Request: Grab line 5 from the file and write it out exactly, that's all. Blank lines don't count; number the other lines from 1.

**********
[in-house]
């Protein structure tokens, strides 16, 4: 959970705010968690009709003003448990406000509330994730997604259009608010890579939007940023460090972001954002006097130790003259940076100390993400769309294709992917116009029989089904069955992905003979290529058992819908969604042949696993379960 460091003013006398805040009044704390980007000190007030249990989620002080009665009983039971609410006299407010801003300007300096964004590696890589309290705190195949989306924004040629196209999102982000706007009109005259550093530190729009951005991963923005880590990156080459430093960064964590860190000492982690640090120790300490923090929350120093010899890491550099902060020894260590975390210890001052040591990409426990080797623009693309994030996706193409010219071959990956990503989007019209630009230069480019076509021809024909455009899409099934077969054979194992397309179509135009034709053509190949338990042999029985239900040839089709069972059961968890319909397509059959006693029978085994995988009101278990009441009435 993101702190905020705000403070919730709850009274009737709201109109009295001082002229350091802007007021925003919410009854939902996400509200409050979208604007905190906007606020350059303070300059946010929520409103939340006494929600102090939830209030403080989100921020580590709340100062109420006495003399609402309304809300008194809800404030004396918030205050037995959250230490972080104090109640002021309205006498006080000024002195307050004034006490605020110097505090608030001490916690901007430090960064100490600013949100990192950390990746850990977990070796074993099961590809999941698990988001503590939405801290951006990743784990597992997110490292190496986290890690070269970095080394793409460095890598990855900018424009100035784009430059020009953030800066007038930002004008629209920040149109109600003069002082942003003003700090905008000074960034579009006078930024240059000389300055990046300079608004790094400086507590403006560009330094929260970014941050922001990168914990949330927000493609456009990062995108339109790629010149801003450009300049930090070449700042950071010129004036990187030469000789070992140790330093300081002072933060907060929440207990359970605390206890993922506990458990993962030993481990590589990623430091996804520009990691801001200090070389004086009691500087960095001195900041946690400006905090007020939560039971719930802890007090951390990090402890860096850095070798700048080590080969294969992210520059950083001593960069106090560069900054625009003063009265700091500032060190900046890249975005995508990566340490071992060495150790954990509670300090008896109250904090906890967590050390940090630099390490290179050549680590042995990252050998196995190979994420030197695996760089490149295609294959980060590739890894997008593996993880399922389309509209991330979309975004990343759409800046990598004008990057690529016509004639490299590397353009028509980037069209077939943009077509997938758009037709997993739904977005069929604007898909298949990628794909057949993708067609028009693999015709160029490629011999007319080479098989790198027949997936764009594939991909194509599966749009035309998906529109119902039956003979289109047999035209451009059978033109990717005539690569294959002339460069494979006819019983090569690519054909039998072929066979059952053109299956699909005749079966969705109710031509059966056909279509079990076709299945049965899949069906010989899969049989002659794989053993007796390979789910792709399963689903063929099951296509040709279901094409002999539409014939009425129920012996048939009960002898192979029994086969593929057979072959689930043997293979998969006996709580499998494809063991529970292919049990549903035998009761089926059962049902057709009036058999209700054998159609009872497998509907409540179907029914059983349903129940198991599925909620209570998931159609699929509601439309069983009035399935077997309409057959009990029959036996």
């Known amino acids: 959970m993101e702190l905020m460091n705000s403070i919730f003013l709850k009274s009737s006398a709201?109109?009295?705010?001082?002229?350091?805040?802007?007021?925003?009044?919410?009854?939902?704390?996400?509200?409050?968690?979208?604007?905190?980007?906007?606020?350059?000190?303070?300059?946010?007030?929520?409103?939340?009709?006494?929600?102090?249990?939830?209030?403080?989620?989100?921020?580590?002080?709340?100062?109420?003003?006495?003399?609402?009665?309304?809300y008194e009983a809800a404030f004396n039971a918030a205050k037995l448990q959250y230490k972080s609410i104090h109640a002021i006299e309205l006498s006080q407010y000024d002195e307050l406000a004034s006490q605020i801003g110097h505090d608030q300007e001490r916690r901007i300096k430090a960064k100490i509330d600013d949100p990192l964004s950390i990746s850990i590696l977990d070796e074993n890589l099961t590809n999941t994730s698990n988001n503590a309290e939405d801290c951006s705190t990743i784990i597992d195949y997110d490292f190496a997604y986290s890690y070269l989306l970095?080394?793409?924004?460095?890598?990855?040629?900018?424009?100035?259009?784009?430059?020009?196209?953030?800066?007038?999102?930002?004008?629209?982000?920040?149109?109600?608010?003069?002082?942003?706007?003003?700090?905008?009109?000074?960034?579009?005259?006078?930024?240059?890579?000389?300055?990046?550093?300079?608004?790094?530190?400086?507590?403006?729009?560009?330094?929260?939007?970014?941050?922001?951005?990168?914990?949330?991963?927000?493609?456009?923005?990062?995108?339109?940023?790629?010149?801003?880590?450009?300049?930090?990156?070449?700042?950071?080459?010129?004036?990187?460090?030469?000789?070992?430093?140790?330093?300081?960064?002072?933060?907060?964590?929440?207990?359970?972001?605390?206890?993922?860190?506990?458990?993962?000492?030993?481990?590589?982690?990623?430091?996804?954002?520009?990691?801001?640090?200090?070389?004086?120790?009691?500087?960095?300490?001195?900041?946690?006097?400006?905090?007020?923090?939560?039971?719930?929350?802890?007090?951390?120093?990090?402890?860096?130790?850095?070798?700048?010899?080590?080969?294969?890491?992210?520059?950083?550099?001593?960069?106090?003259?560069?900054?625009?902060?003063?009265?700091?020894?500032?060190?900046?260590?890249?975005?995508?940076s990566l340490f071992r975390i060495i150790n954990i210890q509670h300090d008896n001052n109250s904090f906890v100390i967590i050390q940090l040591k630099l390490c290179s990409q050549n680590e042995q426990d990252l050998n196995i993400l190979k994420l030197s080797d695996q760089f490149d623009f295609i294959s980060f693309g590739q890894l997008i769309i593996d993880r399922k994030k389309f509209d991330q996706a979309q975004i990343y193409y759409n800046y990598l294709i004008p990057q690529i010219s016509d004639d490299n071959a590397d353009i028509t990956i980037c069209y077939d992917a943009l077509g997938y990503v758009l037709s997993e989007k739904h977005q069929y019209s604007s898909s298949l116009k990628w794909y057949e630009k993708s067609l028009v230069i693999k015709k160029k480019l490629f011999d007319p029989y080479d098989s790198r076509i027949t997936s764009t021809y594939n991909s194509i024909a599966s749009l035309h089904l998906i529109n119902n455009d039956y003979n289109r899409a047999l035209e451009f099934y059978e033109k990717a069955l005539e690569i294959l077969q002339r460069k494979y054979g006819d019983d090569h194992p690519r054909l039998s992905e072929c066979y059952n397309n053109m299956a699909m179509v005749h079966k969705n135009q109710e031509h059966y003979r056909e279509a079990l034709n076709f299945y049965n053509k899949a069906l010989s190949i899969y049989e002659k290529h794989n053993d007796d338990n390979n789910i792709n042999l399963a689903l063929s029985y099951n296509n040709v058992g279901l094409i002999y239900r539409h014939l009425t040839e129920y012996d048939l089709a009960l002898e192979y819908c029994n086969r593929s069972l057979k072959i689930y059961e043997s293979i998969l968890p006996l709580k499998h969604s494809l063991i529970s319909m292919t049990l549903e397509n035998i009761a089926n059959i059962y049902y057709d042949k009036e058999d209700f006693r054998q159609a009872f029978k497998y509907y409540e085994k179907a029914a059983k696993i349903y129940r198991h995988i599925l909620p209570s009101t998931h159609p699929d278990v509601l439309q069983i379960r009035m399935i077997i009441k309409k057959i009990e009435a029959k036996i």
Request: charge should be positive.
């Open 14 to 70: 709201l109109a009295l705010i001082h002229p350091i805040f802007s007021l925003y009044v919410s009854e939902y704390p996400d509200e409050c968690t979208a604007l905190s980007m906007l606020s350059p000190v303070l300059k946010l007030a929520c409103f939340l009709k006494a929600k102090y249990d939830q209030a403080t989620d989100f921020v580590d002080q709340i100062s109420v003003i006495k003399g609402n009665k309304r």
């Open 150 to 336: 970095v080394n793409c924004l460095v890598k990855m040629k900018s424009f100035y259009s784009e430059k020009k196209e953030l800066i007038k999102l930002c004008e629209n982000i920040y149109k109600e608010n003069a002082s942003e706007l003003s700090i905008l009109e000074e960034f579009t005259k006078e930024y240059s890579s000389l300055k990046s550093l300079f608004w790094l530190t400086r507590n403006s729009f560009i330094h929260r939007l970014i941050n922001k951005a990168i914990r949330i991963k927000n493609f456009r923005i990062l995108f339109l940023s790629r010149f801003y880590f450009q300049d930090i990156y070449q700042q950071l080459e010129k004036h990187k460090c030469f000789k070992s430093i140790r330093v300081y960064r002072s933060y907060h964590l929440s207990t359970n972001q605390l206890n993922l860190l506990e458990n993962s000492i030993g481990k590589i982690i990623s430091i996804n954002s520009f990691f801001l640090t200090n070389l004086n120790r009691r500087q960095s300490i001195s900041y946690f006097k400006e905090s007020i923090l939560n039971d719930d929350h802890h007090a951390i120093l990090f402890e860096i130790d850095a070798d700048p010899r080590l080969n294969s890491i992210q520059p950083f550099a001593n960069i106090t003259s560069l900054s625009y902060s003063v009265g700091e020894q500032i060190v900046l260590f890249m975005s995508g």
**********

């Open 14 to 70: 709201l109109a009295l705010i001082h002229p350091i805040f802007s007021l925003y009044v919410s009854e939902y704390p996400d509200e409050c968690t979208a604007l905190s980007m906007l606020s350059p000190v303070l300059k946010l007030a929520c409103f939340l009709k006494a929600k102090y249990d939830q209030a403080t989620d989100f921020v580590d002080q709340i100062s109420v003003i006495k003399g609402n009665k309304r």